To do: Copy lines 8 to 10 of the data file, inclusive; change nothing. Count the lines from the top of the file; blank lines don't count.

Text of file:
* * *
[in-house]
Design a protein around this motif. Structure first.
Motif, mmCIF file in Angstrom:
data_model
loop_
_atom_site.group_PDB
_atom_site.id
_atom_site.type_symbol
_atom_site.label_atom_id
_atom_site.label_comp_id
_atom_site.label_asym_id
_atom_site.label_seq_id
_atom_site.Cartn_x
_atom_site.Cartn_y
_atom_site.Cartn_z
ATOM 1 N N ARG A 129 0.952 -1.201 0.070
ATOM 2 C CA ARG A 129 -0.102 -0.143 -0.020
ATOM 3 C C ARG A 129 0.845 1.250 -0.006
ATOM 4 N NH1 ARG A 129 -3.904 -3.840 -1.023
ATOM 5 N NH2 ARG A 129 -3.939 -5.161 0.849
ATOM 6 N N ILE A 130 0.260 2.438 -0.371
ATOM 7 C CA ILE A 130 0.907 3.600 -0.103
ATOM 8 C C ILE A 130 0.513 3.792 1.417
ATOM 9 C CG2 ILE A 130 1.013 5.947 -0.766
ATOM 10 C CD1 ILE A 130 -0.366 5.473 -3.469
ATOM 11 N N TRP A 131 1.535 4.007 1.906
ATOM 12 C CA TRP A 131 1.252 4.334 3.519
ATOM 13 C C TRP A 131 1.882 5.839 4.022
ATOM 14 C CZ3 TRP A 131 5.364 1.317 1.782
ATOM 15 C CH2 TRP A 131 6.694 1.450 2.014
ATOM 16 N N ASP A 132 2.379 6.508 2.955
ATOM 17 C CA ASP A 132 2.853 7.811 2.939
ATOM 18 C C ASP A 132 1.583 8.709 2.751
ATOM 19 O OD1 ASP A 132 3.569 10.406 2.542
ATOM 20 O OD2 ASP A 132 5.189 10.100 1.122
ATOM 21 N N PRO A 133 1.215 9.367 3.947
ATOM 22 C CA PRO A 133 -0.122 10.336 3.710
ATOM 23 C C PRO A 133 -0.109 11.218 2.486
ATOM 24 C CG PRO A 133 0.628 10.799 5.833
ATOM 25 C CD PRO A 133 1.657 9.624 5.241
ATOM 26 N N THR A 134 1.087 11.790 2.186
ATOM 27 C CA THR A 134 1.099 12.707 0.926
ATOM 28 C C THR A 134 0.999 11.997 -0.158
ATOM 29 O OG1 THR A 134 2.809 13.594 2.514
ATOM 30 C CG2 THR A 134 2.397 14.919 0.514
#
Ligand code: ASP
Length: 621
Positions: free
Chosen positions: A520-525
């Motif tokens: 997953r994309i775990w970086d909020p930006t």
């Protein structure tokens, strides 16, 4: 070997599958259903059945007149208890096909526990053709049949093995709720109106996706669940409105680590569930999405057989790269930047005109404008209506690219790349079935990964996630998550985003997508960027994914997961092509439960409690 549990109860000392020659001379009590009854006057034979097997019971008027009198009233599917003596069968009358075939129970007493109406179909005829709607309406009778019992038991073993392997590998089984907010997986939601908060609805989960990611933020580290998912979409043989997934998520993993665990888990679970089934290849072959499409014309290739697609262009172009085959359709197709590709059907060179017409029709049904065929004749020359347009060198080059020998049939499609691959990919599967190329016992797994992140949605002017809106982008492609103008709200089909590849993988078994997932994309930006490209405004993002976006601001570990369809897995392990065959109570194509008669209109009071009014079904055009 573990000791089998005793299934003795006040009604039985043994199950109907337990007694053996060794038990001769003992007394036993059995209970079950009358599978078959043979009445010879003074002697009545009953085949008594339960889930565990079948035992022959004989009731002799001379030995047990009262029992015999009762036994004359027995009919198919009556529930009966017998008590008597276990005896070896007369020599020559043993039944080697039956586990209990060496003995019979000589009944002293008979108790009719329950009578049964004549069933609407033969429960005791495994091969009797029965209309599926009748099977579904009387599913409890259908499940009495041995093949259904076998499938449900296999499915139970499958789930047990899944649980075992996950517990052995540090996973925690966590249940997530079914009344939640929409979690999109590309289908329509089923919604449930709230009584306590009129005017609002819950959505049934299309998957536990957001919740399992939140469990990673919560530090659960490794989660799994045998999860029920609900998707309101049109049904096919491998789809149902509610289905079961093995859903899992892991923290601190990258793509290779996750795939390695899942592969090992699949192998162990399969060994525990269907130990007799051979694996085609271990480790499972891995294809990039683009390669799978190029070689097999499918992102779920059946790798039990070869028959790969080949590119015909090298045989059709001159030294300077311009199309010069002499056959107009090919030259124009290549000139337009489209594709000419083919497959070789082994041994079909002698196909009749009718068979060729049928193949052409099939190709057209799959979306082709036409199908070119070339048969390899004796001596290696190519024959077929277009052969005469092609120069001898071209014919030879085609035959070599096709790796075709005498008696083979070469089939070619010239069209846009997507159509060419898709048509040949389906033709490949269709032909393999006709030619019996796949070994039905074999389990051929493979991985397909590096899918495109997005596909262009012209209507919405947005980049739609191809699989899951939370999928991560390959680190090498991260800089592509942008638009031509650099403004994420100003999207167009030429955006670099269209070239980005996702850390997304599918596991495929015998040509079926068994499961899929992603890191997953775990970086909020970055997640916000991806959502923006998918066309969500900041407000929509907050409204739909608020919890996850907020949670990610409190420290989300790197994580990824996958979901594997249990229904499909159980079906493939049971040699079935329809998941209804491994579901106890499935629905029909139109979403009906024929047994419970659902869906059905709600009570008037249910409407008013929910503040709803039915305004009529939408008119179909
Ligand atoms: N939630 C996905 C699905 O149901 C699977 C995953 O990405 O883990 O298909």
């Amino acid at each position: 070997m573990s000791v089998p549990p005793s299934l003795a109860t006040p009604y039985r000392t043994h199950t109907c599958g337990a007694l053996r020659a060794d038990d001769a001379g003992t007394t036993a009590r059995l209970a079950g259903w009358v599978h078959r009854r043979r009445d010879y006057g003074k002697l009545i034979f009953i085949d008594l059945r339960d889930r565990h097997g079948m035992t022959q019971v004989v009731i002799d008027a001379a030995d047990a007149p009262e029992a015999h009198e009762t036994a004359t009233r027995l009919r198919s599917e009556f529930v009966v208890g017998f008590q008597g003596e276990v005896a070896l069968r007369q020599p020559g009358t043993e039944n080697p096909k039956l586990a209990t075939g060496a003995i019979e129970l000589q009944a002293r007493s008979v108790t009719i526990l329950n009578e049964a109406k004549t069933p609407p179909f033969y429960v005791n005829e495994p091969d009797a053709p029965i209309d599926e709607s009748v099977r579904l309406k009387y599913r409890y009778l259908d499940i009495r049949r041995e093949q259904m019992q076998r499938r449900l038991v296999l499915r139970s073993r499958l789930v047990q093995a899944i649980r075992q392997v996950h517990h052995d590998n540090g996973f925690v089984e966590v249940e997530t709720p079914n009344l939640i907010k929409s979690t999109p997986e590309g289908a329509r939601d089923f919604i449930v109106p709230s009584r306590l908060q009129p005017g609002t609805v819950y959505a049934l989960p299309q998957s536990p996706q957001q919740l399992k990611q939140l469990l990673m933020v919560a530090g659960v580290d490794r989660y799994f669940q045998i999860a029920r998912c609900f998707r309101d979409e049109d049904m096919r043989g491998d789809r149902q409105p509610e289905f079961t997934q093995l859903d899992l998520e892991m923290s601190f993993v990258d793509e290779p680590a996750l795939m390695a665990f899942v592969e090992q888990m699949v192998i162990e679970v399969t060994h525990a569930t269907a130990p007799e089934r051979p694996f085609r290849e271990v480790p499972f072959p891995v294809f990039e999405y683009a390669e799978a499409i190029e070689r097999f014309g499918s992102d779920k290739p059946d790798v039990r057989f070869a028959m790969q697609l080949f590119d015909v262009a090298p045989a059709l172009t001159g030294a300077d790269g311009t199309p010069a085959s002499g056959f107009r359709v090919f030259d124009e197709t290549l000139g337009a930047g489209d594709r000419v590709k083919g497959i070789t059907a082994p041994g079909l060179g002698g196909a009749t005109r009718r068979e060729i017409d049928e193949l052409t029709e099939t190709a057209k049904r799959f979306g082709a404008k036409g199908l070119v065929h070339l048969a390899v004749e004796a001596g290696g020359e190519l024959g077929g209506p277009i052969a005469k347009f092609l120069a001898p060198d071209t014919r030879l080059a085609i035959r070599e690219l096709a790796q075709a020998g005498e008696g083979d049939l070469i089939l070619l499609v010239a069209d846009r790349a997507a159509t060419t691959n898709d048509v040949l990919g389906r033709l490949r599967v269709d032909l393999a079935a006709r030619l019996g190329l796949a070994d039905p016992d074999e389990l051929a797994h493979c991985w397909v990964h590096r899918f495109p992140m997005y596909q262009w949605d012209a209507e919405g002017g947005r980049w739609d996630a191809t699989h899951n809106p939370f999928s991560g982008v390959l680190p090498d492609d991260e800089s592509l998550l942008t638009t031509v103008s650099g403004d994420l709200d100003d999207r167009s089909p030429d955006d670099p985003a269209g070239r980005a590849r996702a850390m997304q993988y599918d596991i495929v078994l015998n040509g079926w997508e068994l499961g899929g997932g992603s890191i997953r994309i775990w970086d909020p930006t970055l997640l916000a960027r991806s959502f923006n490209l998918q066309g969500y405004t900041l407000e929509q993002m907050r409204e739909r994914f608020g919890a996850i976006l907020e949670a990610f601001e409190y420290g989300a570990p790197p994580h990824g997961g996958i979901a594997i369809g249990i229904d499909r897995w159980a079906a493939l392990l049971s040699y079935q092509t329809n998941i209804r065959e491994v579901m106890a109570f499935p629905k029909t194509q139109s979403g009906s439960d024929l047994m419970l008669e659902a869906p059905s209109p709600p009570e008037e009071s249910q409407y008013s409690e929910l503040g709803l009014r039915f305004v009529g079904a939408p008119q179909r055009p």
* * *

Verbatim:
_atom_site.type_symbol
_atom_site.label_atom_id
_atom_site.label_comp_id